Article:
Over the past weekend, I not only taught two community classes, but I worked quite a bit at my day job. (Well, “day” job–the truth is, since I work for myself, I generally set my own hours and it’s not always during the day, depending on how distracted I’ve been.) My alter ego is an attorney. I’ve been practicing for nearly seven years. Currently, I’m in solo practice, handling appeals.
Since completing teacher training, I’ve been asked by a few people whether I’m going to quit being an attorney and teach full-time. My answer has been an unequivocal “no.”
Let me explain.
There are a couple of reasons for my answer. First is the simple fact that I went massively into debt to get my law degree and pass the bar, so I might as well do something with it, right? I figure I should at least practice for a little bit, just so I can say I’m a lawyer and I didn’t take out all those student loans for nothing.
Second, I actually like what I do, for the most part. I like the legal research and writing. I like coming up with persuasive arguments. And I like to feel like I’m doing my part to help in our screwed-up system. Bonus: being on the appellate side of things gives me a lot of flexibility with hours and location–really, I just need my computer and a reliable Internet connection to do my work. And usually–unless I have a deadline or something–I can do it at any time of the day, which is really great.
But right now, for me, the biggest reason I’m not planning to quit being an attorney and teach full-time is because I don’t want to burn out on it. I love yoga. I love my practice. I love teaching it. But I remember what I went through went I first became an attorney and didn’t have a full-time job somewhere. I raced around, covering court appearances for other attorneys all over San Diego (and sometimes outside San Diego). I wasn’t really practicing law in the way I wanted to–I was just trying to make money. It was stressful and not in the least bit enjoyable. It wasn’t what I wanted to do.
I fear the same thing if I were to teach yoga full-time. I’m not under any illusions about what that would be like. I have friends who teach yoga full-time. I’ve seen what some of them have gone through, even the ones who would be considered generally successful. I know the work and effort they’ve put into it and continue to put into it. I’ve also had at least one friend burn out. I’ve heard of some of the sacrifices they’ve made and the truth is, I’m not ready for that. I’ve already been through it, in a sense, when I started my own law practice. I’m not prepared to embark upon another career with that much uncertainty. I don’t want yoga to be a source of stress in my life. Yoga is what keeps me sane and I’d like to keep it that way.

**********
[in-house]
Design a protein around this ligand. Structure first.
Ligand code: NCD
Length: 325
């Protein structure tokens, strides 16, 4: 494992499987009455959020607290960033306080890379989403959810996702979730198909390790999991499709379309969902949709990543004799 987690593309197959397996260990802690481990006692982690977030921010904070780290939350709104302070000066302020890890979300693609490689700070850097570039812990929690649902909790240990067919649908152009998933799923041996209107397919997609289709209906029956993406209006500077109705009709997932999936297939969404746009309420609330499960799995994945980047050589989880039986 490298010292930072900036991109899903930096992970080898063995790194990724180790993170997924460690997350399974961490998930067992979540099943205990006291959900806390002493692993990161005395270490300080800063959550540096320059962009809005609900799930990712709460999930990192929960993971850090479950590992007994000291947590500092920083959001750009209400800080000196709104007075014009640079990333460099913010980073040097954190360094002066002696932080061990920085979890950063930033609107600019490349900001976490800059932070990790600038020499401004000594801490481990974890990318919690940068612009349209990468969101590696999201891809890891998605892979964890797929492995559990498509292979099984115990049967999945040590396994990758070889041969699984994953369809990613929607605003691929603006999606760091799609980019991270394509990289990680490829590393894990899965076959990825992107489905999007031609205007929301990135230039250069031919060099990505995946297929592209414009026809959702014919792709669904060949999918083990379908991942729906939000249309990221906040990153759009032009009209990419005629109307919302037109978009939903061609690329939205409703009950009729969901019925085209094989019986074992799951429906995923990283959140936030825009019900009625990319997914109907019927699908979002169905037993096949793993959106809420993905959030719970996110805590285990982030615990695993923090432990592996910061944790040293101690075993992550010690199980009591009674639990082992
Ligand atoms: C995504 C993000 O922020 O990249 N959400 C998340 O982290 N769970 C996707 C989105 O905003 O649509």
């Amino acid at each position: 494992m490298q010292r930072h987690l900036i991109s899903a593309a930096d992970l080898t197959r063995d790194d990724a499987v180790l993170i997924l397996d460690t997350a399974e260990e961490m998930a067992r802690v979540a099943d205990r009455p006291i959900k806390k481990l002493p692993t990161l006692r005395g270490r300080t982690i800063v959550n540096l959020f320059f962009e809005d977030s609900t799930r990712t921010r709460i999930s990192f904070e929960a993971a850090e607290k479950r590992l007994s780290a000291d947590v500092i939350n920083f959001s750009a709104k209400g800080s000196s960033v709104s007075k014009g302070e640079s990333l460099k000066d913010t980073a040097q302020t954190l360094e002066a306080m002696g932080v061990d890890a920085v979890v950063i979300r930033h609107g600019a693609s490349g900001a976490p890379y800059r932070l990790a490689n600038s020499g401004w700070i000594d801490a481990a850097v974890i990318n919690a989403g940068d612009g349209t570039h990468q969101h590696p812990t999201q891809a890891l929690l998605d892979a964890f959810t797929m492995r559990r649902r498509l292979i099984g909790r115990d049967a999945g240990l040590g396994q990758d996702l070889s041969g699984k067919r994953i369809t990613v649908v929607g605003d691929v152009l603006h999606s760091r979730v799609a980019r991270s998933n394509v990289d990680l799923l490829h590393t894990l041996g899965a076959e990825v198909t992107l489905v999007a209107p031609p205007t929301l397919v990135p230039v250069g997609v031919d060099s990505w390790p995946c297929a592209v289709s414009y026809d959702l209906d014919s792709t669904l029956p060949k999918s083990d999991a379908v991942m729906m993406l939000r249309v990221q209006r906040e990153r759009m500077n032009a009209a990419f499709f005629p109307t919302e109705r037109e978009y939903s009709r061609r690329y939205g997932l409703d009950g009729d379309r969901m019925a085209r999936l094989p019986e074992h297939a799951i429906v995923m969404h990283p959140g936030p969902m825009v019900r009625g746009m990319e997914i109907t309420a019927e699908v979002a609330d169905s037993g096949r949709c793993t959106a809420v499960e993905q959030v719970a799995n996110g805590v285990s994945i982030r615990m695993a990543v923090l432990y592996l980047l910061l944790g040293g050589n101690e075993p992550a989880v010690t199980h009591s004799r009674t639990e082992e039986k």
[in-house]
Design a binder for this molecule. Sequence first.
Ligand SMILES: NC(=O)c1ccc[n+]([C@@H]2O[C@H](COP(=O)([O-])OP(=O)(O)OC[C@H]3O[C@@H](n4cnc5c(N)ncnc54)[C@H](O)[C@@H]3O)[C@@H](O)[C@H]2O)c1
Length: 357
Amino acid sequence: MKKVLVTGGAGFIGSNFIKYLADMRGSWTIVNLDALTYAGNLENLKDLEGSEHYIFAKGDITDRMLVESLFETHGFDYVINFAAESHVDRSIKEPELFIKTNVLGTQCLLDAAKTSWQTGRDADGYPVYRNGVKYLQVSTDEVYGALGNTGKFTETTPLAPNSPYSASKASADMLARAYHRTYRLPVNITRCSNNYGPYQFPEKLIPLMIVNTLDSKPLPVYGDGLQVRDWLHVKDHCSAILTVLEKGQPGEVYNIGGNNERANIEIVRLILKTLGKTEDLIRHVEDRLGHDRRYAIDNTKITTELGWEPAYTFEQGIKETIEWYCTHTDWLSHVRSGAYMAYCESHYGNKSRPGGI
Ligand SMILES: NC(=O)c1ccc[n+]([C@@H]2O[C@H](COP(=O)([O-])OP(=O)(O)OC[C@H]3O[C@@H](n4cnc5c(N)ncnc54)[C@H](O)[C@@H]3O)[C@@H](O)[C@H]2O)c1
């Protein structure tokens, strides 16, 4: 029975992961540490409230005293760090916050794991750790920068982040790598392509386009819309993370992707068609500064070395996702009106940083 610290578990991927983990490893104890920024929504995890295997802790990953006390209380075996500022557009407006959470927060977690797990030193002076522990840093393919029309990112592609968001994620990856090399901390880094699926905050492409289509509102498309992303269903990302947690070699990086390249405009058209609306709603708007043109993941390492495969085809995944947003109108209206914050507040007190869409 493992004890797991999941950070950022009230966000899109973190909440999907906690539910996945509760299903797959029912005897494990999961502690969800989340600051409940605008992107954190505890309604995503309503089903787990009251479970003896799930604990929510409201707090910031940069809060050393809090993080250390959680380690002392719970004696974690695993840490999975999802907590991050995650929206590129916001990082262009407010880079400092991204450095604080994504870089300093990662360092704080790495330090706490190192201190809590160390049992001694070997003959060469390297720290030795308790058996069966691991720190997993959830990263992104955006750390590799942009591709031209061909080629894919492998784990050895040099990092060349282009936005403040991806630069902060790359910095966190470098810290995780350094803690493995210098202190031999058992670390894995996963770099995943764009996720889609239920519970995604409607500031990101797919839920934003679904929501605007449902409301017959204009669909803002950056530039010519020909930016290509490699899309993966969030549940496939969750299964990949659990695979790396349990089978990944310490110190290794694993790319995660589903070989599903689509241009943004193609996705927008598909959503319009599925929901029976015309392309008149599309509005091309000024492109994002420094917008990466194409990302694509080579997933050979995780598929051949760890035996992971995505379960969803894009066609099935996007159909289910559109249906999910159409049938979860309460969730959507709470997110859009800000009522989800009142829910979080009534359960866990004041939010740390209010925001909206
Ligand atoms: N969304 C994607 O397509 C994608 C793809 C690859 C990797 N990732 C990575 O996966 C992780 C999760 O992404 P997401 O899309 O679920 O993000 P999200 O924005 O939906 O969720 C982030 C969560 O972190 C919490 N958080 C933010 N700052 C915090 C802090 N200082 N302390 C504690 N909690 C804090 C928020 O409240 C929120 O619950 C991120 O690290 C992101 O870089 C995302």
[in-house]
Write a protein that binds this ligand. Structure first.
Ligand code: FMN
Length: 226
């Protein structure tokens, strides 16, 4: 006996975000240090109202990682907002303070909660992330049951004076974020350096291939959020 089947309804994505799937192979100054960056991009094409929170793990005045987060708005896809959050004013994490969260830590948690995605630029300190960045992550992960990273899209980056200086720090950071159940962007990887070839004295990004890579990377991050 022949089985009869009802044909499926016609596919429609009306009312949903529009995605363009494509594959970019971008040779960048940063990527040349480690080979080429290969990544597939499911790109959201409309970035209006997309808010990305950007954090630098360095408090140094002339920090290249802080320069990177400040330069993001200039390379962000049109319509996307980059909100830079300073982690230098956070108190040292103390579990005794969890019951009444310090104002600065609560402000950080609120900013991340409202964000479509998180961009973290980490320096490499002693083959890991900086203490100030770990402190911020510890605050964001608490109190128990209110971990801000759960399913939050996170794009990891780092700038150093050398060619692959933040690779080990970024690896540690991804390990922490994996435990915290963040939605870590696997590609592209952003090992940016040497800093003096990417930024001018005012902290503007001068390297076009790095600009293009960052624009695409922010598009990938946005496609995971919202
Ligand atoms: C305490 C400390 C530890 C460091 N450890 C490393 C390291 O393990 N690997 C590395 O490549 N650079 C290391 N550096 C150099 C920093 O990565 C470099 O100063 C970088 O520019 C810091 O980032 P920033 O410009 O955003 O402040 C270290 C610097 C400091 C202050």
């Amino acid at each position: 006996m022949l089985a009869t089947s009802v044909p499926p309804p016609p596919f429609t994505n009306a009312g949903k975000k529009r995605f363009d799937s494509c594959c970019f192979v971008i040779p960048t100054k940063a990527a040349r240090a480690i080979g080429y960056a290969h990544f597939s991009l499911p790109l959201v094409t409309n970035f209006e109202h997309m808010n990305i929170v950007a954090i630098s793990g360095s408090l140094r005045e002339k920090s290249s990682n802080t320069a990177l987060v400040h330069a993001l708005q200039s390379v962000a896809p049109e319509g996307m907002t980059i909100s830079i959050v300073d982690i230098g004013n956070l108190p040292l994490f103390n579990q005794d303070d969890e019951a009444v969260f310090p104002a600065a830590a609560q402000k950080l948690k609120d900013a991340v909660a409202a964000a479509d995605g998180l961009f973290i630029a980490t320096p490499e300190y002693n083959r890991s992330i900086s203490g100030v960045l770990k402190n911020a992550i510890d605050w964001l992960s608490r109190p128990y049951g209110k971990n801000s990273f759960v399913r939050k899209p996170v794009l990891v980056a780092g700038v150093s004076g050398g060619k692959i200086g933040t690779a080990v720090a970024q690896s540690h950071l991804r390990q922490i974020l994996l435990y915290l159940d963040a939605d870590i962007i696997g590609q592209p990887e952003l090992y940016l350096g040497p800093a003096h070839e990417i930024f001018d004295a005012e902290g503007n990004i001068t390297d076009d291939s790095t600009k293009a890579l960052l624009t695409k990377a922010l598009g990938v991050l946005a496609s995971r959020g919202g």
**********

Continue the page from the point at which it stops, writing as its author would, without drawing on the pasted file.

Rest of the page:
In thinking about this question, as well as other events in my life, I realized something: my career is not my passion and I’m okay with that. For years, I thought I wanted/needed to be passionate about my career. After all, we see things like this all the time, don’t we?
I used to think that was the goal. I used to think I needed that. Now, my perspective is a little different.
For me, my passion and my career, my life and my livelihood–they’re separate. And knowing myself like I do now, that’s how it should be. Growing up, I had a tendency to go all in on things and burn out. That’s what happened to me when I thought I needed to be crazy passionate about my job. Don’t get me wrong–I’m passionate about the cause I serve in the work I do. If you know me, you know that. But it doesn’t consume me the way I previously thought I needed it to. It’s not my only passion. It’s not my life.
So when I say I don’t want to teach yoga full-time, it’s not because I don’t love it. It’s because I don’t want to lose my passion for yoga. It’s because I still want to love it in the years to come. I’m accepting who I am, even if it’s not who I thought I would be, and loving her all the same. (Hashtag svādhyāya.)
Maybe things will change. Maybe they won’t. Regardless, right now, I am both an attorney and a yoga teacher and that will continue for the foreseeable future. Both experiences shape my perspectives and shape my life and I’m not willing to give that up just yet.